On Little Everywhere
I wish that would have been recorded. It was a weird day because all of the electricity went out. The gig started, and six minutes into it, all the electrical instruments died. Then they turned back on later, but my mic was off. The interesting thing is that Daniel Belquer and Kevin Ramsay over at Harvestworks—they just wanted to go out. Harvestworks is amazing in the sense that they fund and give you a space to work out whatever it is you want to do. They trust you to go out, and Daniel and Kevin and Matt Fidler—they all were committed to doing something that’s never been heard before. So all of the music was generated by a computer program called MaxMSP. It dialogs with human beings. We had our instruments, and we would dialog with the computer. There was also a visual set-up, and my man Asukaya Bailey was doing this weird drum programming that would respond to the acoustics of the room. So it was really just once again that trans-humanist music.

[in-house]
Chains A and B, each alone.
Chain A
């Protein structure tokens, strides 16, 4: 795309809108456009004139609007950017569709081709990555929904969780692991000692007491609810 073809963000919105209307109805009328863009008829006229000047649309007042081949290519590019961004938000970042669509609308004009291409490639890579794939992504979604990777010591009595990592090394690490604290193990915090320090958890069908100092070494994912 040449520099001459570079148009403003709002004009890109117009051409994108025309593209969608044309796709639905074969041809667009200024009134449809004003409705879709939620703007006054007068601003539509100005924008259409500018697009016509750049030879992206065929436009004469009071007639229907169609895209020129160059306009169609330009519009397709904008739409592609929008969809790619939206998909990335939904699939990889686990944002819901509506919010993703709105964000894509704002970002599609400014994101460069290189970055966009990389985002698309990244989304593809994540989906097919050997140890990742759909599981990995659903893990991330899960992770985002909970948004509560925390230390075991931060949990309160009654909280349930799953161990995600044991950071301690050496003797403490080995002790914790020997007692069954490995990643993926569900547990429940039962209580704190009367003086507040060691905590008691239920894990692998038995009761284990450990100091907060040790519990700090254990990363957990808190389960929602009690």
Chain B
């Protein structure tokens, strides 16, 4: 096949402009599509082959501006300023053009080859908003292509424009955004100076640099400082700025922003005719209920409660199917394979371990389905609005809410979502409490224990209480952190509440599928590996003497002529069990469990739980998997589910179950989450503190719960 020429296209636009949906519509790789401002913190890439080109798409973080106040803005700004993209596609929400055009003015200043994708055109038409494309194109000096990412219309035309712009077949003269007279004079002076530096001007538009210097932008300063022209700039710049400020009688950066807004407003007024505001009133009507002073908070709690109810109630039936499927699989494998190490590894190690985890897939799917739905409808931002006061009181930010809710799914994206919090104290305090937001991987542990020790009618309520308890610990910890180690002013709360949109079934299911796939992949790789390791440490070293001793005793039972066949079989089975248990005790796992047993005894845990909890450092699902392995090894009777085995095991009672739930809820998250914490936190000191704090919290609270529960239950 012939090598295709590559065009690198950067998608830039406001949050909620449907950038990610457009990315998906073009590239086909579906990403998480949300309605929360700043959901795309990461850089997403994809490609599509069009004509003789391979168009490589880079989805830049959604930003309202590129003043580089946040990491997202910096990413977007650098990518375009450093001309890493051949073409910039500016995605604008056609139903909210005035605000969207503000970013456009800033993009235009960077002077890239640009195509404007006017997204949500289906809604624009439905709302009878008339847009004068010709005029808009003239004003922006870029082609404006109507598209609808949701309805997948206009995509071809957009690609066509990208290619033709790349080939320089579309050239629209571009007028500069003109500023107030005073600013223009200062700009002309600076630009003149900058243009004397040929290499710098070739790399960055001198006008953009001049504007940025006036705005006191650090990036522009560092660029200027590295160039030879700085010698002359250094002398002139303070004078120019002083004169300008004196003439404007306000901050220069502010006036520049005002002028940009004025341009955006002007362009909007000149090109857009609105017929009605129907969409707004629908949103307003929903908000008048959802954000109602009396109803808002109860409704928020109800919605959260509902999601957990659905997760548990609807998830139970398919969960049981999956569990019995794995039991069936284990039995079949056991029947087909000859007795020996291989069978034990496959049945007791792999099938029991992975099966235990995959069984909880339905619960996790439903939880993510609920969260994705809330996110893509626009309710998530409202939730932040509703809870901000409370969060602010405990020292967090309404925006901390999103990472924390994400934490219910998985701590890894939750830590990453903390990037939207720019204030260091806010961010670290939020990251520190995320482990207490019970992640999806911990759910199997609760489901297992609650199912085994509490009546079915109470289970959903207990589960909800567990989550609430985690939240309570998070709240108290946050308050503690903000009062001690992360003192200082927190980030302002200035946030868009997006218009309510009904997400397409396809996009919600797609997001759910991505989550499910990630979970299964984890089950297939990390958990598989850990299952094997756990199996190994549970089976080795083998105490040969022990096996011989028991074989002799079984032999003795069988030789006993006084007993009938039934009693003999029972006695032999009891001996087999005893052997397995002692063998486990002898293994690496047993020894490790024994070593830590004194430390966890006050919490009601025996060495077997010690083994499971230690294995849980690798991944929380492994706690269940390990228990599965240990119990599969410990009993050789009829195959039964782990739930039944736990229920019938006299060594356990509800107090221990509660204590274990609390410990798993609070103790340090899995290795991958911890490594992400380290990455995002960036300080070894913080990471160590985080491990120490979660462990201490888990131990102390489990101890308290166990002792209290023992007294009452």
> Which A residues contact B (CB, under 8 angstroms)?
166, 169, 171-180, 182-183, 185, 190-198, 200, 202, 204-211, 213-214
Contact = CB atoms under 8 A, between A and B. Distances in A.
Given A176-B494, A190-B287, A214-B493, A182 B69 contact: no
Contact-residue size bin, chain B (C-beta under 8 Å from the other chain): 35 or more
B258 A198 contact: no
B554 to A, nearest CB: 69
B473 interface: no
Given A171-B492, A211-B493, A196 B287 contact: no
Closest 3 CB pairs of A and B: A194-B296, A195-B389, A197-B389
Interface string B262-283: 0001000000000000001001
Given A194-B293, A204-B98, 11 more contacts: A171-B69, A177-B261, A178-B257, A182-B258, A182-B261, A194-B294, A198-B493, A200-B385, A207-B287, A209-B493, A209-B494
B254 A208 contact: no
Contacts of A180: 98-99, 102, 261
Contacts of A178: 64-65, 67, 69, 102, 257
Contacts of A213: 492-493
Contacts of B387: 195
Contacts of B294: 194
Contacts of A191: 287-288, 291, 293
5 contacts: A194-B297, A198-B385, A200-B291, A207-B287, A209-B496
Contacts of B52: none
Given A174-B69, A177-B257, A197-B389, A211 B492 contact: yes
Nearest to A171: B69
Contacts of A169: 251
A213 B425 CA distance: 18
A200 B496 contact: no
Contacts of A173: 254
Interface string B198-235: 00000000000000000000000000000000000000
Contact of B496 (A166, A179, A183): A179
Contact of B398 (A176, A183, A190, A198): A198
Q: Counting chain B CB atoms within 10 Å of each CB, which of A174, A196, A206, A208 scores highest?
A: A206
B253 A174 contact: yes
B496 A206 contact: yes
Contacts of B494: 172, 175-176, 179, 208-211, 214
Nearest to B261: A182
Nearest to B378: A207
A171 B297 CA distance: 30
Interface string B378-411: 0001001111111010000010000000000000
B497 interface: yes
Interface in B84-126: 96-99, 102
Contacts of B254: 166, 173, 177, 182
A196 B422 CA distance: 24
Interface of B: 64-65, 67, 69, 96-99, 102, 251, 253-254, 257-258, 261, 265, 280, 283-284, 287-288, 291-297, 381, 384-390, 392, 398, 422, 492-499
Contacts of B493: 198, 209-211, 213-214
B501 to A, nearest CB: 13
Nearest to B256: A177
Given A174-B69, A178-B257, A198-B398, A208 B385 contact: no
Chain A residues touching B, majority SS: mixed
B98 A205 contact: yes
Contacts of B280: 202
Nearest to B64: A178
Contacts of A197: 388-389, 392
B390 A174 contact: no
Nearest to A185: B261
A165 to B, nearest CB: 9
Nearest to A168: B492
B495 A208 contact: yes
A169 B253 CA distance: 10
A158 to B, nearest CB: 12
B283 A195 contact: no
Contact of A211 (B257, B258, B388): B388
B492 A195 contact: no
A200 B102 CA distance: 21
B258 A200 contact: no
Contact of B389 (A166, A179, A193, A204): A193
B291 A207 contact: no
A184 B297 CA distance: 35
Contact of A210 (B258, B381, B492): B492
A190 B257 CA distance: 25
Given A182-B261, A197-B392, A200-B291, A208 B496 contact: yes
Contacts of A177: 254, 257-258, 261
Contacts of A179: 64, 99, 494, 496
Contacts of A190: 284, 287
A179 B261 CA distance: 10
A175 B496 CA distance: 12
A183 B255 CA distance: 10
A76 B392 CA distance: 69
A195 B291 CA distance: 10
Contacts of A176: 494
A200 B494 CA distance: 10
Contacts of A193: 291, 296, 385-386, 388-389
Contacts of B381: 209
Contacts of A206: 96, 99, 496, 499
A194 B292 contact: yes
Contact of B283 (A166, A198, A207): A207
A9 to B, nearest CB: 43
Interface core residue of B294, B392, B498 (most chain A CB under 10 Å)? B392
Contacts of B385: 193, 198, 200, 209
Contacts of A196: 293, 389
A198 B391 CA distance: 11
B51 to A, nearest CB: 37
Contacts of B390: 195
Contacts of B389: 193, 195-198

We’re all obsessed with what happens if the computer really gains awareness in that sense. Then it would gain creativity and imagination. So why don’t we start working with these things? Plus, everybody has done everything possible that you could do with a musical instrument. So you are going to pick up this guitar in 2016, and do what? Or you are going to pick up this microphone and try not to be derivative, if you are even into that. So to break the derivative element of it, or the imitation, we used things that no one used before. So it sounded absolutely nuts, and I love it. From that, Daniel and Matt and everybody, we did another one called "Jacobz Ladder" that was even more out. It’s playing on this theme of improvisation, rehearsing to improvise.